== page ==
We need to give people the tools they need to explore new ways of reaching the infinite possibilities the universe has in store, but if what you’re doing isn’t learning, growing, or expanding infinitely every day, make the shift by asking the questions:

How did I get better today? What did I learn?

How did I help others get better today? What did I learn?

How can I apply these things tomorrow?

These are just small ways to make infinity relevant to you.

Sometimes we all just need a reminder that WE’RE ON A ROCK HURTLING THROUGH SPACE! AND SPACE IS EXPANDING INFINITELY!

We gotta figure out ourselves, then we gotta figure out this rock, and then we gotta figure out space, because in front of us is infinite possibility, but like explaining capitalism to an ant, we can’t quite comprehend it… yet.

“Look again at that dot. That’s here. That’s home. That’s us. On it everyone you love, everyone you know, everyone you ever heard of, every human being who ever was, lived out their lives. The aggregate of our joy and suffering, thousands of confident religions, ideologies, and economic doctrines, every hunter and forager, every hero and coward, every creator and destroyer of civilization, every king and peasant, every young couple in love, every mother and father, hopeful child, inventor and explorer, every teacher of morals, every corrupt politician, every “superstar,” every “supreme leader,” every saint and sinner in the history of our species lived there-on a mote of dust suspended in a sunbeam.

The Earth is a very small stage in a vast cosmic arena. Think of the endless cruelties visited by the inhabitants of one corner of this pixel on the scarcely distinguishable inhabitants of some other corner, how frequent their misunderstandings, how eager they are to kill one another, how fervent their hatreds. Think of the rivers of blood spilled by all those generals and emperors so that, in glory and triumph, they could become the momentary masters of a fraction of a dot.

Our posturings, our imagined self-importance, the delusion that we have some privileged position in the Universe, are challenged by this point of pale light. Our planet is a lonely speck in the great enveloping cosmic dark. In our obscurity, in all this vastness, there is no hint that help will come from elsewhere to save us from ourselves.

The Earth is the only world known so far to harbor life. There is nowhere else, at least in the near future, to which our species could migrate. Visit, yes. Settle, not yet. Like it or not, for the moment the Earth is where we make our stand.

It has been said that astronomy is a humbling and character-building experience. There is perhaps no better demonstration of the folly of human conceits than this distant image of our tiny world. To me, it underscores our responsibility to deal more kindly with one another, and to preserve and cherish the pale blue dot, the only home we’ve ever known.”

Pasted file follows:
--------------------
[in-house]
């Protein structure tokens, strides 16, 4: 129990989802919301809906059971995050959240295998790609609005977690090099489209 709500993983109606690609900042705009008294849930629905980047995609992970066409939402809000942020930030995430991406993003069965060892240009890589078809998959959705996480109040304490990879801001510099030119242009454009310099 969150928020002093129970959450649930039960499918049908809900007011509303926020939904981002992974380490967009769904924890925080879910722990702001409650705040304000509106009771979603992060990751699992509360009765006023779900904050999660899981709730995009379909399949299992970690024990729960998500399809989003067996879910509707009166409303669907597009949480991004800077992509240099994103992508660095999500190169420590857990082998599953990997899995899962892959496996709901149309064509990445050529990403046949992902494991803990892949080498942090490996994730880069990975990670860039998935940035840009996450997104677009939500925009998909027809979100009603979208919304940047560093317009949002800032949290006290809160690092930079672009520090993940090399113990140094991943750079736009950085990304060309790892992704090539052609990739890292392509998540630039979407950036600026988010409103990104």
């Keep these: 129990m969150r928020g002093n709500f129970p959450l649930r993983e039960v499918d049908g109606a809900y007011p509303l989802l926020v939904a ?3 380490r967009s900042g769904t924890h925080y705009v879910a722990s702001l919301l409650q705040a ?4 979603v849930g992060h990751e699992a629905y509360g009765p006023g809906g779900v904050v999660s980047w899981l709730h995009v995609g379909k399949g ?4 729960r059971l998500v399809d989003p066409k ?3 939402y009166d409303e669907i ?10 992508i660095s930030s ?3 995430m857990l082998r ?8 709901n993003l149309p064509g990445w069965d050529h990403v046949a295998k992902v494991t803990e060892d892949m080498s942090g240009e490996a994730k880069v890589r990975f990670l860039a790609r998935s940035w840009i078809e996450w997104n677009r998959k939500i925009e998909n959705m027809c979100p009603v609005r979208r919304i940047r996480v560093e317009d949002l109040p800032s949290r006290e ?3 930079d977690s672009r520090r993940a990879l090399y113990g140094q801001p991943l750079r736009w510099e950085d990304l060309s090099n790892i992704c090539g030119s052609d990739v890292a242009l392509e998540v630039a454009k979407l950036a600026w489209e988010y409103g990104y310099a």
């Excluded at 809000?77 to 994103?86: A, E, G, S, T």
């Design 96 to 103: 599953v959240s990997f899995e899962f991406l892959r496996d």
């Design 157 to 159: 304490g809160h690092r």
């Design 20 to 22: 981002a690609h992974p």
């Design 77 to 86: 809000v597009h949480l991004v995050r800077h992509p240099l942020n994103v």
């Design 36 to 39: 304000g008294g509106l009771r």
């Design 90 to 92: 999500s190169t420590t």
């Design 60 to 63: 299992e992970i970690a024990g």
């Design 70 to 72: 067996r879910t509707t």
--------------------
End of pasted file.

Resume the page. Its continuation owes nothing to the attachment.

— Carl Sagan

I Was Going to Post to My Blog, But…

…There’s a cat on my lap, and when there’s a cat on my lap, nothing gets done.

It’s not that like the cat pins me down and forbids me from typing, I just choose not to work when there’s a cat on my lap.

Then I blame it on the cat.

It’s definitely the cat’s fault that I didn’t type my 1,000 words today.

It’s not like I can type over him.

Every time I try to type, he attacks my fingers.

I’ve had to delete and re-type this line seven times for that reason.

There’s nothing I can do about this cat on my lap.

This is all on the cat.

I couldn’t go to the comedy show because of the cat.

I know I said I was going to come, and I know you were counting on me to perform, but when I sat down for seven seconds to check my email on my way out the door, guess what happened?

Cat. Lap.

And you can’t stand when there’s a cat on your lap because he needs to be pet.

Calm down! I know I ruined your show, and I’m sorry

I get that you’re mad. – I’d be mad too – but you didn’t have a cat on your lap.

If you did, that means you’d probably be at my house, which means you wouldn’t have gone to the show either, which means you have no room to talk.

And I couldn’t even answer the emails anyway!

There was a cat on my lap.

The cat found the cursor on my computer screen and I discovered that I’m distracted by cats chasing computer cursors.

I know there was a deadline, but I have a disease where I physically cannot focus on sending emails when there’s a cat on my lap.

It isn’t diagnosed.

I don’t have a doctor’s note.

Because I couldn’t get to the doctor’s office, since there was a cat on my lap, but that proves that it’s a real thing.

And it’s why I’m just now sending a time-sensitive email, three days too late.

Again, not my fault.

Blame Wright Catterson.

That’s not my cat’s name.

Or maybe it is.

I never asked.

I just gave him an arbitrary name without asking him what his actual name is.

I’ve actually been wanting to adopt a cat for forever because I have an overwhelming mice infestation, but I never got around to it.

There was a cat on my lap.

When there’s a cat on your lap, it makes it hard to adopt a cat in the first place.